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But when we’re out and about with lots of people and noise you just seem to do better. In fact last month we celebrated your first Dia de Indpendancia. But in Guatemala everyone calls it “el quince.” Your Daddy carried you all morning as we made our way through crowds of people in el parque and listened to loud bands march down the streets. And the whole day you didn’t fuss once! I think Mommy was more tired than you were.

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Your Daddy and I have realized that there are things about holidays, especially cultural holidays, like Independence Day that we will never quite understand or totally get. He might celebrate 4th of July with us, but it just doesn’t mean as much. He doesn’t have memories of summer BBQs and watermelon, and waving American flags and hearing the Star Spangled Banner sung as fireworks shoot in to the night sky. And it’s the same for me in Guatemala. I’ll go and appreciate the bands and excitement of Independence Day. But I don’t totally understand the antorchas and the acto civicos. It just doesn’t mean the same to me. But Mija, we hope that somehow you’ll develop an appreciation and identity with both. That you’ll have memories and roots in both cultures and both countries.

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Sometimes I just want to keep you little. I love your soft fingers and toes and the sweet rolls on your thighs. I love how your chin rests so comfortably on your chest, making your neck almost disappear. I love watching you stretch and wake up each morning….and then, I give you to Daddy. Yep, you and Daddy have so much fun in the mornings. Usually he makes coffee and sings to you and then against my wishes he holds you on the couch and watches the news and sportscenter. And you know what, you love it. I’ve never seen a 3 month old so fascinated by the TV. I mean all of those colors and lights… (sigh) I worry about your little eyes and looking at screens, but you know what I think I just have to let it go.

I don’t know if we can take any credit, but we are quite thankful that you really are a good sleeper at night. Daddy’s guess is because you don’t sleep well during the day, then you’re so tired at night you just crash. Maybe? I’ve decided that I just don’t know that much about babies and sleep. I’ve been reading about the difference between daytime sleeping and nighttime sleeping. But I still haven’t figured out how to get you to nap beyond the 45-minute sleep cycle.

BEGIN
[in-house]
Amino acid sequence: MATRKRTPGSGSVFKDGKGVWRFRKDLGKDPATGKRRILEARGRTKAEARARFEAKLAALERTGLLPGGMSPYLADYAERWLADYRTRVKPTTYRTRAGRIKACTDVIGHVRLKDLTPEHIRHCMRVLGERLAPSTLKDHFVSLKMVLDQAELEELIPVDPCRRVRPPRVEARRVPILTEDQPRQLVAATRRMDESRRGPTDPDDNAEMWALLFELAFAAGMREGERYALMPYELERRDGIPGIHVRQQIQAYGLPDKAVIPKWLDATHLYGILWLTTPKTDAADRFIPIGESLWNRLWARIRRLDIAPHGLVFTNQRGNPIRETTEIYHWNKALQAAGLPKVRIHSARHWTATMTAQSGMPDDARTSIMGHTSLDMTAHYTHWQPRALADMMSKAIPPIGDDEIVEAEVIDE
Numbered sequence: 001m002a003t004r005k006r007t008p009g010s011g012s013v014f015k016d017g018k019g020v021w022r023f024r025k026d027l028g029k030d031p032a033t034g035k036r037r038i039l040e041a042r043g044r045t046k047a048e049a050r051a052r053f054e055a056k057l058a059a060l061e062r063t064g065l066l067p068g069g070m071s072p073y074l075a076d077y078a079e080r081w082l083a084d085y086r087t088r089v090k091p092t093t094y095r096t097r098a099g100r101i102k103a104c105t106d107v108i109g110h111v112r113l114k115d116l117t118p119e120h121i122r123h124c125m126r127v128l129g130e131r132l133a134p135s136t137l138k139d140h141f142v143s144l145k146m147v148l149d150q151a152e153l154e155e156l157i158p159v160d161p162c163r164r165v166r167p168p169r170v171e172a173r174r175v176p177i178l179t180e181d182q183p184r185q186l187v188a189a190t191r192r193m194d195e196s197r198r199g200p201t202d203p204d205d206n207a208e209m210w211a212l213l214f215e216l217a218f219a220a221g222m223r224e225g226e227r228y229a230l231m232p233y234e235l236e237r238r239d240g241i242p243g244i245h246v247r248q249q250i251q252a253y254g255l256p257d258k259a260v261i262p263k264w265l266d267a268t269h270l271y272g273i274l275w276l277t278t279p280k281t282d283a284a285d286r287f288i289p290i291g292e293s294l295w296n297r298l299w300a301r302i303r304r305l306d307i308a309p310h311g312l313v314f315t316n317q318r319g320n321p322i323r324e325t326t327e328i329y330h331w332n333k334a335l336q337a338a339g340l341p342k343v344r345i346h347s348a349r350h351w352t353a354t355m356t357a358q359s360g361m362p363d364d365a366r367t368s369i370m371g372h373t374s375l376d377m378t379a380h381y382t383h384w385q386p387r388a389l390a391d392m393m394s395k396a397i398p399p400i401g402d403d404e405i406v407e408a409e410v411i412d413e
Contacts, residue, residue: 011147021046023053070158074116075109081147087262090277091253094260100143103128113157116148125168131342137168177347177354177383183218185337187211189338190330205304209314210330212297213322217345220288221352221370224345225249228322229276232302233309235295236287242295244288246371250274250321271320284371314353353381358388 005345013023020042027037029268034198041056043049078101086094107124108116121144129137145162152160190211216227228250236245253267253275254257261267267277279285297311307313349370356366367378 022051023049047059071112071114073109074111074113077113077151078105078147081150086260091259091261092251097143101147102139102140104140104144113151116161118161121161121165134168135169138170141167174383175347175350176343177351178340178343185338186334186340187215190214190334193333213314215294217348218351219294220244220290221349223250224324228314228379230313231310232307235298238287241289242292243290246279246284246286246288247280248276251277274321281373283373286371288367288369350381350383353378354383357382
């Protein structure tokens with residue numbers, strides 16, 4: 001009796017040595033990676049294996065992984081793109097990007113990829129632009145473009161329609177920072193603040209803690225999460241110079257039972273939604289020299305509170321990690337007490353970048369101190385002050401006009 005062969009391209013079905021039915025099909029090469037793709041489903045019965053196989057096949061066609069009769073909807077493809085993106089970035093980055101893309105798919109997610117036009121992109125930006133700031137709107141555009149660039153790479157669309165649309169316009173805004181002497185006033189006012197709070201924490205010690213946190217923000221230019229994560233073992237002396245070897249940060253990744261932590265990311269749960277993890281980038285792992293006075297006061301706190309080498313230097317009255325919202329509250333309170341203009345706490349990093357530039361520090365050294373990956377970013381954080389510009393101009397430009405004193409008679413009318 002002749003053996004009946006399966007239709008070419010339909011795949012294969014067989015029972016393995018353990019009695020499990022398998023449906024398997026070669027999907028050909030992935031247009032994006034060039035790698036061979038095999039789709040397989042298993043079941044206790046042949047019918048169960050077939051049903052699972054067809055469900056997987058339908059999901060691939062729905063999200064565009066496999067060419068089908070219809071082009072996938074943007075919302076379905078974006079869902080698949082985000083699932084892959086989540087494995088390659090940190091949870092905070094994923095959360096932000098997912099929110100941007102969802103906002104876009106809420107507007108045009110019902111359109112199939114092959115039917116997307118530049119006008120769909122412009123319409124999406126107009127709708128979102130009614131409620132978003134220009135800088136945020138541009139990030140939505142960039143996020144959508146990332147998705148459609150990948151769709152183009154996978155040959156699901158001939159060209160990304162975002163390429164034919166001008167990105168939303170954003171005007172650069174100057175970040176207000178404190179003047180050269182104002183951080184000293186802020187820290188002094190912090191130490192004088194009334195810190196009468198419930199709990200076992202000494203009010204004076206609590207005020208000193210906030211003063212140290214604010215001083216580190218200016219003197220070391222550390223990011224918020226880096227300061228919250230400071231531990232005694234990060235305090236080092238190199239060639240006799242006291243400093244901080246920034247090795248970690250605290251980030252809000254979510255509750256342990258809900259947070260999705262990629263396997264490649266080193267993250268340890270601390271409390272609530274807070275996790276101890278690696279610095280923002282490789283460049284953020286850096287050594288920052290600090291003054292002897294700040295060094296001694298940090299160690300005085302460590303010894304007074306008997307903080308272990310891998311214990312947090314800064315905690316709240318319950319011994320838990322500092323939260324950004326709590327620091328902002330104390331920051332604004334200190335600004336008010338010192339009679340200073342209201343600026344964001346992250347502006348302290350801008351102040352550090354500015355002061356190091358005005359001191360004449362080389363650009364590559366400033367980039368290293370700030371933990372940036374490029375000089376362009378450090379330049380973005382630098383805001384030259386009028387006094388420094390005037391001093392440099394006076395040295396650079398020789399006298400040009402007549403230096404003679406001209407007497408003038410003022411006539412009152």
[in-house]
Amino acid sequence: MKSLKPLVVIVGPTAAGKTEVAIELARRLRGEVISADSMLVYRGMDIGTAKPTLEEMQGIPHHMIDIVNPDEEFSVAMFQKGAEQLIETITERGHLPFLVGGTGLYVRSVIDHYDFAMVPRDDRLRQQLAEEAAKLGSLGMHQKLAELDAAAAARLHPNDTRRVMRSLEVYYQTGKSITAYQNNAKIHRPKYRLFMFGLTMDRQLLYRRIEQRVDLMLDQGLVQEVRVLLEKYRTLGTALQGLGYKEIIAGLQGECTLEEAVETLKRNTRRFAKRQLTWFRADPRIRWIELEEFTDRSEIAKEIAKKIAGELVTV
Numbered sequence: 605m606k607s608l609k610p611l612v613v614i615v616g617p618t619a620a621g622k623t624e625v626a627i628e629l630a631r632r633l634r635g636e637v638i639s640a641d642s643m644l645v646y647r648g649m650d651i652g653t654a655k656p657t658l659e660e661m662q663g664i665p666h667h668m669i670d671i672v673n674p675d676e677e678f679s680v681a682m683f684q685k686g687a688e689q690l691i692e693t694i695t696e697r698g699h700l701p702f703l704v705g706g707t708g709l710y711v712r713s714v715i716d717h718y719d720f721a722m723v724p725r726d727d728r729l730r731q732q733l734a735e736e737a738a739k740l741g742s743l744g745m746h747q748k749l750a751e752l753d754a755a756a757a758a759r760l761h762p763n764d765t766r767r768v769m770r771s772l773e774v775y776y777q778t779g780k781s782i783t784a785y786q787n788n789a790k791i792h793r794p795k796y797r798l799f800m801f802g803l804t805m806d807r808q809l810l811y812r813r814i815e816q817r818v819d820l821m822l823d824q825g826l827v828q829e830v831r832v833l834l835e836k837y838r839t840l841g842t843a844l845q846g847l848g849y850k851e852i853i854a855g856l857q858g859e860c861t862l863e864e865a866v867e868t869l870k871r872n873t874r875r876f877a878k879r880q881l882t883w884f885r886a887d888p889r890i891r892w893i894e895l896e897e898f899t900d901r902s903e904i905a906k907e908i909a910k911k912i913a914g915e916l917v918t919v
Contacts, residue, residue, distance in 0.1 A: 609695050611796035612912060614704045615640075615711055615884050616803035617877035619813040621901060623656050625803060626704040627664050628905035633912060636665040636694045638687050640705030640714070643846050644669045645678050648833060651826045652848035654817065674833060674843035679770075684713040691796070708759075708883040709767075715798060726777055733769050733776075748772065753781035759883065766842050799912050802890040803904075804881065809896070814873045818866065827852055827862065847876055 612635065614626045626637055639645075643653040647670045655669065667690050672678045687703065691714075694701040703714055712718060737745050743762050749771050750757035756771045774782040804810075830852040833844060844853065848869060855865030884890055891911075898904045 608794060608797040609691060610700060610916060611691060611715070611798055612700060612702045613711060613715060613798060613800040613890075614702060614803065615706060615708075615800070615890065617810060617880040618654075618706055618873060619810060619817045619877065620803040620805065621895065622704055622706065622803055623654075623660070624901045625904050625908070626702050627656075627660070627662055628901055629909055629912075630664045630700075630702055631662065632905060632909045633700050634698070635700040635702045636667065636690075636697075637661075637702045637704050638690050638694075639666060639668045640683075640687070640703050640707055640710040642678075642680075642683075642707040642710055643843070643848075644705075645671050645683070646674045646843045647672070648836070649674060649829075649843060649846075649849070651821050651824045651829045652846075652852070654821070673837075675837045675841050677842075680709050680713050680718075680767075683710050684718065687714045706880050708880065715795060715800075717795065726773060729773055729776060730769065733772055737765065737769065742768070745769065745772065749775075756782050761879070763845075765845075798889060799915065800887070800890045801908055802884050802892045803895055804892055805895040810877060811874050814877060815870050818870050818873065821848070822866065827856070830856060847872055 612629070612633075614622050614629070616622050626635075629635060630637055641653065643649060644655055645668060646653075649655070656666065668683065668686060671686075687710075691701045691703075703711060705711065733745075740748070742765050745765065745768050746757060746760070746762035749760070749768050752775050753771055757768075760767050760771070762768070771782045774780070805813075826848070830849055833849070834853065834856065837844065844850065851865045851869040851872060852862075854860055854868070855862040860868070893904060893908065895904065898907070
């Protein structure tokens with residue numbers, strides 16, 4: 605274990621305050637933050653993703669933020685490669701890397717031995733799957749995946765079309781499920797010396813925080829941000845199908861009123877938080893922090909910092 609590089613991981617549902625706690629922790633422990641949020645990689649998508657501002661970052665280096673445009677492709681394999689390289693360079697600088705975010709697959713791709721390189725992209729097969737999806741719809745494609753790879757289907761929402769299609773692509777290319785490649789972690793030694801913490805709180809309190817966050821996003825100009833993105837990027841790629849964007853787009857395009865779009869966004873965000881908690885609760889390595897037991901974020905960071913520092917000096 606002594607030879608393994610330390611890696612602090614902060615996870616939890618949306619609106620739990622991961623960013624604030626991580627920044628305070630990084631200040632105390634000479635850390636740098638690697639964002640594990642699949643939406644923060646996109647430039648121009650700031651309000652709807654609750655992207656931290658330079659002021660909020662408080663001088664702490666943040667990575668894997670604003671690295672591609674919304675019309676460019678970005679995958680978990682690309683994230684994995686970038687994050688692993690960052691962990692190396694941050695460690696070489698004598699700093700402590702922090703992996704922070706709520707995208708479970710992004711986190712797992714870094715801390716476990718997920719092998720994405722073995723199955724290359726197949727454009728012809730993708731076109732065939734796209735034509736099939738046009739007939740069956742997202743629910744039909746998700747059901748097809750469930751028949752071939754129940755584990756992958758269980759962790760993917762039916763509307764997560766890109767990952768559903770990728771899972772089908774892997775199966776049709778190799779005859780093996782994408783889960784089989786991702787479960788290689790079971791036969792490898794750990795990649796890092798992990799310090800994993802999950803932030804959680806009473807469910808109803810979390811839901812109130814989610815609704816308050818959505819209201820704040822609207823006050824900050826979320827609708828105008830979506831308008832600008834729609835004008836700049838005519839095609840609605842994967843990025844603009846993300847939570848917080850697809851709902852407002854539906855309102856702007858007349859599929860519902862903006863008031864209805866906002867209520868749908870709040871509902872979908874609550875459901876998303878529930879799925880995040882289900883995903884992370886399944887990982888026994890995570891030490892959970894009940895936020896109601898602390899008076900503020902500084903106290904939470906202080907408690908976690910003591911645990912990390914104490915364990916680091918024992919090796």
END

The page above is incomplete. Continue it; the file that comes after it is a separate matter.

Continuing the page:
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….you are being carried!

You my dear, could be the poster child for baby wearing. And because you’re close to 14 lbs now, this month we switched from your beloved little sling, to the ergo. (you can thank your Uncle Andrew for this great gift) You nap in there, I walk around Antigua with you in there, I go to the grocery store and the market with you in there, I bring you to the office in there and most days I’ve decided it doesn’t matter what shirt I wear because all people will see is the ergo : ) Good thing I like green!

This month:

-you started rolling over all the time from you’re tummy to your back.

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-you had your first (of many) plane flights to California

-you officially became a US citizen

-and you felt carpet for the first time!

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-you started putting anything and everything in reach into your mouth.

- you are fascinated by your hands and ceiling fans

-and you’ve been drooling like crazy.

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Elena, thank you for being do patient with me as I keep learning  how to be your mom. It’s been a hard month for me as I try to figure out how to be your mom and keep working and spend time with Daddy and somehow still try to make dinner and send emails and do laundry. Sometimes when you look at me with those beautiful eyes, I imagine you saying, “Mom, it’s not that complicated. Just love me.

My sweet girl, I do. I love you mucho, mucho, mucho!

With all my love,





6th October
written by Michelle

I have one hour. One hour to myself. And here I sit at Starbucks. Realizing how much I have missed this time; time to write and think and let my mind wander amidst, the buzz of milk steaming, people chatting and the computers keys tapping. I have always worked well in a coffee shop; studying during college, writing papers and lessons plans during grad school and spending an afternoon writing always just comes easier when I’m away from home. I am not distracted by the piles on my desk, or dishes that should be washed or  the sudden urge I have to keep opening the fridge looking for a snack. Somehow I find clarity through the noise of a coffee shop. And I have missed it.